I am greatly blessed to have family and friends who understand this deep agony. None of them have the attitude of, “Get over it.” They let me talk. They let me feel. They let me cry. They check on me. They pray for me. Oh, how this helps! God is using so many to help me walk this journey.

Even though these precious ones are helping me walk this journey, I know that no one can comfort me in those deepest places where the deepest pain resides in my soul like Jesus. He knows every little thing about me. He knows what each pain is connected to. He has perfect understanding of all the inward workings of my heart and soul. He knows how to give me the comfort, restoration and healing that needs to ultimately come. He is present. I must be aware of that Holy Presence and spend lots of time resting in that place.

What are the results of going to God in our brokenness, pain, and desperation? What happens when we come to him with sobs of grief and hurt and pure honesty? It takes us to a deeper place of knowing God. It takes us to a deeper place of trusting God. It takes us to a place of humility. It takes us to a deeper place of surrender. It takes us to a deeper place of worship. It takes us to a place of hope and healing.

We are always welcomed into God’s presence just as we are. These words penned by David Crowder in the song “Come As You Are” express this place so well.

Come out of sadness from wherever you’ve been
Come broken-hearted, let rescue begin
Come find your mercy, oh sinner come kneel
Earth has no sorrow that heaven can’t heal.

There’s joy for the morning
Oh sinner be still Earth has no sorrow
That heaven can’t heal.

My sister found Heaven’s perfect joy and healing when she took her final breath here on Earth and went safely Home to live forever with her Beloved Jesus. For us still here, we can be assured that mourning doesn’t last forever. It is for a season. There is an ebb and flow to this time of suffering. The time of tears will be further and further apart. I have faith and hope because of the Words of Life that I find in the promises of scripture and because of the One I’ve put my trust in.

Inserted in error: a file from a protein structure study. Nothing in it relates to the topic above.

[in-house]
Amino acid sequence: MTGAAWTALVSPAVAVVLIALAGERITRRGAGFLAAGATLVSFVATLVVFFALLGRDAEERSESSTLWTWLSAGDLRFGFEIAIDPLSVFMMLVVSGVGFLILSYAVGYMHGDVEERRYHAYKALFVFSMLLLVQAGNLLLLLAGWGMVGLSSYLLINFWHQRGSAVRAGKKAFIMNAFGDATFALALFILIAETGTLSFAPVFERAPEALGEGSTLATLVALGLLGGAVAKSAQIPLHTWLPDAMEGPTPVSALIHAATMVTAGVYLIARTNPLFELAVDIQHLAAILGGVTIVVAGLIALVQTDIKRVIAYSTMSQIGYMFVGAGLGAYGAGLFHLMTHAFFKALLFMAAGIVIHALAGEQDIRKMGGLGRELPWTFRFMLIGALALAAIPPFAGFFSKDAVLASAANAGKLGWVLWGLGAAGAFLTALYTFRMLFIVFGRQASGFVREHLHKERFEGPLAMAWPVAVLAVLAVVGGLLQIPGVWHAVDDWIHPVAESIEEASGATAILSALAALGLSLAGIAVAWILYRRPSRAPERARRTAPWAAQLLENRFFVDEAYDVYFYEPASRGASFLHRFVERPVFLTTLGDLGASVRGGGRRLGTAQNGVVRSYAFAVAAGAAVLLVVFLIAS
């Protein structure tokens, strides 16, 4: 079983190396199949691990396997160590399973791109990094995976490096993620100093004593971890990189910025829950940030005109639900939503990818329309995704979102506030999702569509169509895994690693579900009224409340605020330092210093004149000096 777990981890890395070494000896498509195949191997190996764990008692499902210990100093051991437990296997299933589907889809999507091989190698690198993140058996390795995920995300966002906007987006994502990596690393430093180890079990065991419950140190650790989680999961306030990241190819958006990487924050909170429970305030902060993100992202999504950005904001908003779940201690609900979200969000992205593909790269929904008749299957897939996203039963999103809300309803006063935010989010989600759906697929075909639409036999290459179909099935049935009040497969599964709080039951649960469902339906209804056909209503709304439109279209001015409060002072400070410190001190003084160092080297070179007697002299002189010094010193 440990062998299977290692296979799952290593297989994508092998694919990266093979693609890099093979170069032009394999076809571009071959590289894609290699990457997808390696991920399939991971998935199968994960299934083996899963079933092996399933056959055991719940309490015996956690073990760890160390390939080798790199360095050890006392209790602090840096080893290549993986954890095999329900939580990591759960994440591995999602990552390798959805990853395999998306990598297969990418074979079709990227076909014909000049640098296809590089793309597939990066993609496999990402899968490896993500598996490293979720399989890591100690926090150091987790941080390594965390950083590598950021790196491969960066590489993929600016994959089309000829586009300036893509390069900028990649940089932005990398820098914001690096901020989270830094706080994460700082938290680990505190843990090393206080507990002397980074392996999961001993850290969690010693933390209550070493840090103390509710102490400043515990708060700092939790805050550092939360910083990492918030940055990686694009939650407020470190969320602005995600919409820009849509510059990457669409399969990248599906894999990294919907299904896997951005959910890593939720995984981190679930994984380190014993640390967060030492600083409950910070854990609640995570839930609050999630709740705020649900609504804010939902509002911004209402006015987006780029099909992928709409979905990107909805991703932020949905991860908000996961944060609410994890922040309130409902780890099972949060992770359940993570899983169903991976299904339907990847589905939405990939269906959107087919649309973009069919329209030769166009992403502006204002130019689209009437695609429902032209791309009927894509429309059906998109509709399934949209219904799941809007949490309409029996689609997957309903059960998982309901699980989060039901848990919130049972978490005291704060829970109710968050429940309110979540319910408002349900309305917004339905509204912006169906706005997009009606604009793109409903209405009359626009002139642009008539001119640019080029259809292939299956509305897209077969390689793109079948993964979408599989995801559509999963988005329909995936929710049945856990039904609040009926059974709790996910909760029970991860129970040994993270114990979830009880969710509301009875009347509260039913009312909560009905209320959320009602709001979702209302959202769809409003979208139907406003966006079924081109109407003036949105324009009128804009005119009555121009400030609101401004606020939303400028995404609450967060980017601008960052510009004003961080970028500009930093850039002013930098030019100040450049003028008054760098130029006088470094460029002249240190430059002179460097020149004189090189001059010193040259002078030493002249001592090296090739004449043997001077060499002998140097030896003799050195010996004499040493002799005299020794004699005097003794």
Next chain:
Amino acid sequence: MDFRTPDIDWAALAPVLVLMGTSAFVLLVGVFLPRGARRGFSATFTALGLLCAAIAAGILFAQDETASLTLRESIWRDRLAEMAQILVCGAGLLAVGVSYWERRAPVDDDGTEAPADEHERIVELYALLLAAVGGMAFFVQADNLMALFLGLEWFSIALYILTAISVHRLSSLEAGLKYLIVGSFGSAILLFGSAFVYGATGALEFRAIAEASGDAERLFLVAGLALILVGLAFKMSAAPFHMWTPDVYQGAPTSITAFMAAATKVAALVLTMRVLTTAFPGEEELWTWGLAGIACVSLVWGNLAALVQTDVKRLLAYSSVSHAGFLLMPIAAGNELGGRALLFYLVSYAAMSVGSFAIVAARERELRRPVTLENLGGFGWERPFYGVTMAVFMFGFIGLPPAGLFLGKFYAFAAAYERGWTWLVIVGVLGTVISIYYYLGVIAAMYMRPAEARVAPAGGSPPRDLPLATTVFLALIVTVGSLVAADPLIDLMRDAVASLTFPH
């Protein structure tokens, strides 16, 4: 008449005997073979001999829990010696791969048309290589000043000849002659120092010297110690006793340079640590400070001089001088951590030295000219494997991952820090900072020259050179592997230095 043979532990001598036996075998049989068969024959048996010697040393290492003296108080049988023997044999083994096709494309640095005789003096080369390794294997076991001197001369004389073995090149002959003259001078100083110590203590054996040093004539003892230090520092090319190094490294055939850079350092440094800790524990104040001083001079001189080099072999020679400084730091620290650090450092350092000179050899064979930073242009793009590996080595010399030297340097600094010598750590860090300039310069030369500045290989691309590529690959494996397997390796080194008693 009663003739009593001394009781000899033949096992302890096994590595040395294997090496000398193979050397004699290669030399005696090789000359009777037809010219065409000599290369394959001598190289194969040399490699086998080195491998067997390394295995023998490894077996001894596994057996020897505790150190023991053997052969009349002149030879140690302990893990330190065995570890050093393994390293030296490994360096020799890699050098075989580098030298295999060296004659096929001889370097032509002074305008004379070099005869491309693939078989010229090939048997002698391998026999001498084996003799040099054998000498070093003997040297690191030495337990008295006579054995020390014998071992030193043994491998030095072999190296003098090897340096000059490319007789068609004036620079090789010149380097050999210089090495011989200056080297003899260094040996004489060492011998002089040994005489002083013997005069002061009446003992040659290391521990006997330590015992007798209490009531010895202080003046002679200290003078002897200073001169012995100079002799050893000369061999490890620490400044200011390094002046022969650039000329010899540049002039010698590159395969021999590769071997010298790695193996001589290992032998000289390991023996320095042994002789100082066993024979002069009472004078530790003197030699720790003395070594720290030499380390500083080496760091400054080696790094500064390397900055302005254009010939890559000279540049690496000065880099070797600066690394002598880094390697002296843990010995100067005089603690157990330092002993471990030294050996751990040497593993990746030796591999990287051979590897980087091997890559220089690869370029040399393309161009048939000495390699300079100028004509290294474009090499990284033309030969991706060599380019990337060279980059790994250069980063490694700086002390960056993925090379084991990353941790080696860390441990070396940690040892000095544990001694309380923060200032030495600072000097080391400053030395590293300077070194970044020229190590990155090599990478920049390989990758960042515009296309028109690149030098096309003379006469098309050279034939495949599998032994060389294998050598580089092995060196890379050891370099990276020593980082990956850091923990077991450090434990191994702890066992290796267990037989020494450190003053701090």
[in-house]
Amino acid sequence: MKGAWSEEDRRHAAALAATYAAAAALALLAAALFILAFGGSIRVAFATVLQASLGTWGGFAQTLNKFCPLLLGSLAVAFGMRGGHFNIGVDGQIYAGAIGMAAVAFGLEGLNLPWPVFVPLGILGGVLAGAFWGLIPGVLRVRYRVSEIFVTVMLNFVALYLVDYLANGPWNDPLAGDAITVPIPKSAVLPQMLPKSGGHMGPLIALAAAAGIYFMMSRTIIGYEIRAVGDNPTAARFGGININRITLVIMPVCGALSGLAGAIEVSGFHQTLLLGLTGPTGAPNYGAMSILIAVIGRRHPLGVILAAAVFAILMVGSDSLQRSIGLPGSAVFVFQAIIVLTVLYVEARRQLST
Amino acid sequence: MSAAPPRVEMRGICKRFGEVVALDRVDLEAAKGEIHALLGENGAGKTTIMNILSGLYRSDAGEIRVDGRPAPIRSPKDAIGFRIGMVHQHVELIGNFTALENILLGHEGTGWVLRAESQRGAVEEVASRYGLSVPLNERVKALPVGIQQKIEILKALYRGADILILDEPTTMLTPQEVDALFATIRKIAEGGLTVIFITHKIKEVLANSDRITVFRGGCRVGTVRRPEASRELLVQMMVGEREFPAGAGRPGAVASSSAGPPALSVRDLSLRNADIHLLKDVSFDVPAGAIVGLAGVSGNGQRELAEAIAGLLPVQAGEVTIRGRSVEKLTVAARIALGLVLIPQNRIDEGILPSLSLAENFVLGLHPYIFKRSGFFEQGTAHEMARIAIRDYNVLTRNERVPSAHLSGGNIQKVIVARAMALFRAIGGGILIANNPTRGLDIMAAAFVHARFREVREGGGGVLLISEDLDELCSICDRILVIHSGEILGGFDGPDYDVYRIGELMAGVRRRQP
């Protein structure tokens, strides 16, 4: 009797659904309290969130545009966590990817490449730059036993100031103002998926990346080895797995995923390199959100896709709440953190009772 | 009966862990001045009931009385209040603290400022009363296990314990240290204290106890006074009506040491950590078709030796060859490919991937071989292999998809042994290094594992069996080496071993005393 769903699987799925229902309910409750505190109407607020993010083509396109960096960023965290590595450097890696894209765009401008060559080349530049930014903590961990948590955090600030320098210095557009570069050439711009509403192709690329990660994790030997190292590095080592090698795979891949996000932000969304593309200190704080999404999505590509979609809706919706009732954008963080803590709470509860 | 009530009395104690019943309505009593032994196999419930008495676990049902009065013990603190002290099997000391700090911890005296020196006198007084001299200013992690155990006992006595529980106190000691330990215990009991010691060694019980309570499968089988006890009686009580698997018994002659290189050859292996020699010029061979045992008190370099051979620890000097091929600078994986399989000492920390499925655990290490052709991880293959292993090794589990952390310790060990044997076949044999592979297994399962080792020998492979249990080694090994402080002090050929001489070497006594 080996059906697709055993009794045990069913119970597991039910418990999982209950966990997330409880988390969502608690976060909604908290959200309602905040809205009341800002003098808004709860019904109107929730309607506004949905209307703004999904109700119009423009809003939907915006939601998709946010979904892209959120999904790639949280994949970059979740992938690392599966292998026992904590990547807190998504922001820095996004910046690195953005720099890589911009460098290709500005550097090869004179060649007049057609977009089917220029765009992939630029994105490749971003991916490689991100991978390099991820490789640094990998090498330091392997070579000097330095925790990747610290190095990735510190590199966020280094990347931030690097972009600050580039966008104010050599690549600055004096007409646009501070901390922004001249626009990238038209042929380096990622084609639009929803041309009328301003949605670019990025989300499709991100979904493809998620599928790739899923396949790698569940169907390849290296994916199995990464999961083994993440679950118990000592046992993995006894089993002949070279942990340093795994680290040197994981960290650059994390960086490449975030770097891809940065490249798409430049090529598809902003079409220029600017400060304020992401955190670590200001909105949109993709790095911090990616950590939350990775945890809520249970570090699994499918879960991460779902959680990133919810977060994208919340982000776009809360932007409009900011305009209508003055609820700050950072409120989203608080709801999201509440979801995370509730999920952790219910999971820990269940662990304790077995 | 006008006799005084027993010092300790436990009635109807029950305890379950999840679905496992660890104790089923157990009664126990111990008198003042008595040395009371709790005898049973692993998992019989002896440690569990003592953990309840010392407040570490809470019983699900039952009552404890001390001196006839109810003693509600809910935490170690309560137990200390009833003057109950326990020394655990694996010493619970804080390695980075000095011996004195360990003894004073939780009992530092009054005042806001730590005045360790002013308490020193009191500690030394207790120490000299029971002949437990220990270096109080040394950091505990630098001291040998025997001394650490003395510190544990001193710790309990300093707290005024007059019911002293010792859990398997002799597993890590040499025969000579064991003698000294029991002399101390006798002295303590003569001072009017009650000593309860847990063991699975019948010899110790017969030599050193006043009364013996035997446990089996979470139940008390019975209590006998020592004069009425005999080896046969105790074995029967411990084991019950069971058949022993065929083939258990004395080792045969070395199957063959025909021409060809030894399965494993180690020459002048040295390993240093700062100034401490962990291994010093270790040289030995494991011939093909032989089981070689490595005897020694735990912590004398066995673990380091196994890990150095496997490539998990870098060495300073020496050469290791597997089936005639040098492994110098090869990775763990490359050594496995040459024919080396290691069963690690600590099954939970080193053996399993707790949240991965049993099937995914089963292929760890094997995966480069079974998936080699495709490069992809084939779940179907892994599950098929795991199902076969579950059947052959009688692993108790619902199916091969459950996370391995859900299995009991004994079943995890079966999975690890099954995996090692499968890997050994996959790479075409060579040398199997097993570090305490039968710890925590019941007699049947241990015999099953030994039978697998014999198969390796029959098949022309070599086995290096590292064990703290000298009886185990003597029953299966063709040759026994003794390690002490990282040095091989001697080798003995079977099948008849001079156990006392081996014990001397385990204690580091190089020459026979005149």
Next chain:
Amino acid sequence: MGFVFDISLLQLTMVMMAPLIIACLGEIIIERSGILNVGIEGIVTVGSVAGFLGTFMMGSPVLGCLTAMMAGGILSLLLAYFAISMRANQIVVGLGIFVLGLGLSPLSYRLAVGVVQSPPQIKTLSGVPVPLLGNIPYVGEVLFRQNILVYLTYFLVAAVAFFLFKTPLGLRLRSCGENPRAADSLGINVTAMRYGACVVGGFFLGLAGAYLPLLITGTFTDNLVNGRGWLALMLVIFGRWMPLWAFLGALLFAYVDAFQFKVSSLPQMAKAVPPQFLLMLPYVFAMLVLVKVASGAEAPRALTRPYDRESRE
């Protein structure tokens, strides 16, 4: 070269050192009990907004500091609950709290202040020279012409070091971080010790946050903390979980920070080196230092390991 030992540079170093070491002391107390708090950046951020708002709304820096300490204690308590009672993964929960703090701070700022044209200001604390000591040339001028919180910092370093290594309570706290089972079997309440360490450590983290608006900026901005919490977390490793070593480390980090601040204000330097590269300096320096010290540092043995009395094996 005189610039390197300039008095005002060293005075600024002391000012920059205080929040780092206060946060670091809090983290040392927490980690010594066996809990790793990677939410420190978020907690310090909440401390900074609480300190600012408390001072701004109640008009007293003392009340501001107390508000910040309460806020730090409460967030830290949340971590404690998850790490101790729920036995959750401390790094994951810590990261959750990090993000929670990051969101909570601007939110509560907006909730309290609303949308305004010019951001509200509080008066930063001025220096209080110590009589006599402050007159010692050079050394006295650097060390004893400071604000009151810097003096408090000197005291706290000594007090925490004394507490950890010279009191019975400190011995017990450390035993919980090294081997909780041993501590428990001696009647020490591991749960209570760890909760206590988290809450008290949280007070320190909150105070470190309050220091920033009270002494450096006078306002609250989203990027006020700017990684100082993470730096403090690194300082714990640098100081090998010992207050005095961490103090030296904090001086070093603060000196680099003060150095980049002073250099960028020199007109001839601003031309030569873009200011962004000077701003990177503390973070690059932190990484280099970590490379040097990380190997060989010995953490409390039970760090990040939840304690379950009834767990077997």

“You have turned for me my mourning into dancing; you have loosed my sackcloth and clothed me with gladness, that my glory may sing your praise and not be silent. O Lord my God, I will give thanks to you forever!” David’s words in Psalm 30:11-12. These are words for me . . . and perhaps for you today!

The Right Question

 

How did Jesus attract people? In my first class of training for becoming a professional Life Coach we discussed the ways Jesus encountered those he met and how he invited them into relationship with him. To develop relationships, many times Jesus asked questions. Asking questions was central to his life and teaching. A question he asked Peter grabbed me a few weeks ago as I was reading through the book of John.

I landed in the book of John during the month of March. In January I began reading through the Bible using the guide found in the book “A Woman’s Guide to Reading Through the Bible”. However, I found that I needed to park in John longer than the guide suggested.

One reason I wanted to park there was that my sister, Kimberly, was also studying the book of John in Bible Study Fellowship. I wanted to be experiencing some of what she must be experiencing as she is diving deeper into this glorious book of John. This is the first year she’s ever had the privilege of doing BSF. You see, she taught school 22 years, but last year she took disability retirement. It was time. The sixth year of living with cancer was taking its toll. Truly, it is not just happenstance that this is the year of studying John in BSF, and that Kimberly is getting on it.